"python.linting.pylintPath": "/path/to/virtualenv/bin/pylint",
  "python.linting.pylintArgs": ["--load-plugins", "pylint_django"],
  "python.linting.pylintEnabled": true

To use the above features, editor will prompt you to install pylint and autopep8, or you can install them directly in virtual environment:

pip install autopep8
pip install pylint

Generic configurations

For generic related configurations, we are going to use User Settings.

Format on save

Add this like in dict: "editor.formatOnSave": true It will auto format code (language does not matter).

Ignoring unnecessary files

To ignore unnecessary files, add this following lines:

  "files.exclude": {
    "**/.git": true,
    "**/.svn": true,
    "**/.hg": true,
    "**/CVS": true,
    "**/.DS_Store": true,
    ".vscode": true,
    "**/*.pyc": true,
    "**/__pycache__/": true

Disable preview

When you open a file using an import file or try to go back to the declaration of the code, vs code intends to open it in a preview window, which sometimes is annoying when you want to do it multiple steps/times. To disable it, add this:

  "workbench.editor.enablePreview": false

UI customization

Add ruler in editor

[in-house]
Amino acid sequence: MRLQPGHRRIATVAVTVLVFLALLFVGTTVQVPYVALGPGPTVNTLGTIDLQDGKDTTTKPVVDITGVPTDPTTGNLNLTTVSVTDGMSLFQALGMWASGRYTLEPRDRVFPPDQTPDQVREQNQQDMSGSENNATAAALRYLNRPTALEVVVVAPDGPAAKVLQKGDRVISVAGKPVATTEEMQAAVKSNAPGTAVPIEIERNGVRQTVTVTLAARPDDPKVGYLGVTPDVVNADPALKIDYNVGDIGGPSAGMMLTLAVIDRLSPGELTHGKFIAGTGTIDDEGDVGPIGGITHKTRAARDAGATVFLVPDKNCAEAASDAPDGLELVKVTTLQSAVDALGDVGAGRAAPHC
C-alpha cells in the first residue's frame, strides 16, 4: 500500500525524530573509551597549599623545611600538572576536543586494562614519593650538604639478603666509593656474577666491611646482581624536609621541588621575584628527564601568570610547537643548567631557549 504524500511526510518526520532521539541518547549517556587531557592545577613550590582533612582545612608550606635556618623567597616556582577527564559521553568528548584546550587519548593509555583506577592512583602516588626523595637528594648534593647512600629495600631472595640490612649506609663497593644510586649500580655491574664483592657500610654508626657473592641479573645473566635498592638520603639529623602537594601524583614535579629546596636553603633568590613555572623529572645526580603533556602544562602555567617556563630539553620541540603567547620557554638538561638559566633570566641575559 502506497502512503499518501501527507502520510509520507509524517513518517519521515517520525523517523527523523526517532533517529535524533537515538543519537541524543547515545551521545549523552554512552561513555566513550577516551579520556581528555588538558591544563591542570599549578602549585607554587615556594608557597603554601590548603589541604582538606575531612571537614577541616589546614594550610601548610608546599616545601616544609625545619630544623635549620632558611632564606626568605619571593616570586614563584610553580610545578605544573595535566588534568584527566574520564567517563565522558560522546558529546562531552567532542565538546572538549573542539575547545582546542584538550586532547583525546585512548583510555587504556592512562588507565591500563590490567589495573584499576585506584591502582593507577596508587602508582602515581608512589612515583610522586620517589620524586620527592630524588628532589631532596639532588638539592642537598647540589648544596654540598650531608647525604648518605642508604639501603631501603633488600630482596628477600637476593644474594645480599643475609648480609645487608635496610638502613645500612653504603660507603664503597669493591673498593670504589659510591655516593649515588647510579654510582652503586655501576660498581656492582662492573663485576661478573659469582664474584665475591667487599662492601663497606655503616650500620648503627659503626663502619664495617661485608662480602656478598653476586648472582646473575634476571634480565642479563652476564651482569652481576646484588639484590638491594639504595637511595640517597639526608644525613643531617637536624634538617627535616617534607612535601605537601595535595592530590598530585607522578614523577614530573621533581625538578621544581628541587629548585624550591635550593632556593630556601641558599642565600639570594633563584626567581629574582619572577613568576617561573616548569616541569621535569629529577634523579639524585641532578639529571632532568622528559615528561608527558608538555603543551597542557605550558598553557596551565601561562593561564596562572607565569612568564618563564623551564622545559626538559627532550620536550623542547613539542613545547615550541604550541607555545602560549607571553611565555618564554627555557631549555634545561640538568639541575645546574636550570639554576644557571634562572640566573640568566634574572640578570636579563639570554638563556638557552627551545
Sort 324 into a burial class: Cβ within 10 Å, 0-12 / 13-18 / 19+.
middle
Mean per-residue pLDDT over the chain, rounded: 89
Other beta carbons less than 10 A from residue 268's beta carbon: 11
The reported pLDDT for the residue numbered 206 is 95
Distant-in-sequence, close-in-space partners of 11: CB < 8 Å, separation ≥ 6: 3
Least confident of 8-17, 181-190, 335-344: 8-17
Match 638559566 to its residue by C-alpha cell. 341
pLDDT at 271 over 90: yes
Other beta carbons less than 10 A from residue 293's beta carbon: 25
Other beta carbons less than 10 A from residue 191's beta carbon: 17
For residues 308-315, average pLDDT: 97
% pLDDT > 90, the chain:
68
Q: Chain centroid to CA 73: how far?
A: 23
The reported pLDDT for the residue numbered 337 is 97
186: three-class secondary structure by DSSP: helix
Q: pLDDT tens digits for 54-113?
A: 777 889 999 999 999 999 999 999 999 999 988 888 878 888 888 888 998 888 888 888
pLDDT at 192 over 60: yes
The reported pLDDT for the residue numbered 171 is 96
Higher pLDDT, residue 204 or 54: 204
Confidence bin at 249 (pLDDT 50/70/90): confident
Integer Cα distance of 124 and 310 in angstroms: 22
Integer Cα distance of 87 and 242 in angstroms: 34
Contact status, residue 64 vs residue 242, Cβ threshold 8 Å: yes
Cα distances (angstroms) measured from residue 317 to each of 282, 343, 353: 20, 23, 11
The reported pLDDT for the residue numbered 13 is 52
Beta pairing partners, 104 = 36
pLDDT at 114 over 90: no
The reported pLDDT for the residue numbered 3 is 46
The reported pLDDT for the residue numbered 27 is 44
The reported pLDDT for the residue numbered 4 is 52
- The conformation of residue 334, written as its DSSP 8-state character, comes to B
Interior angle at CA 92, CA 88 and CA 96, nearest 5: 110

Adding rulers in the editor gives you a better idea of how many words you will put on a single line, in Pep8 Standard, it’s 79. So let’s add the following key and values in the settings dictionary:

  "editor.rulers": [80, 120]

Increase zoom level

You can increase the zoom level of the IDE via adding the following settings:

  "window.zoomLevel": 0.15


You can download any theme from the vscode marketplace and install them. Currently I am using the Material theme.

More customization

If you want to do further customizations to vscode, you can use either one of the following packages:

  1. Custom CSS and JS Loader.
  2. CustomizeUI.


It is really cool to have debugging feature built-in VS Code. Although as far as I tested, it works perfectly fine on Ubuntu, but not in OSX. So please check before you configure it.

Anyways, the best way to configure it for Django is to add the following lines in launch.js:

  "version": "0.2.0",
  "configurations": [
      "name": "Django",
      "type": "python",
      "request": "launch",
      "stopOnEntry": true,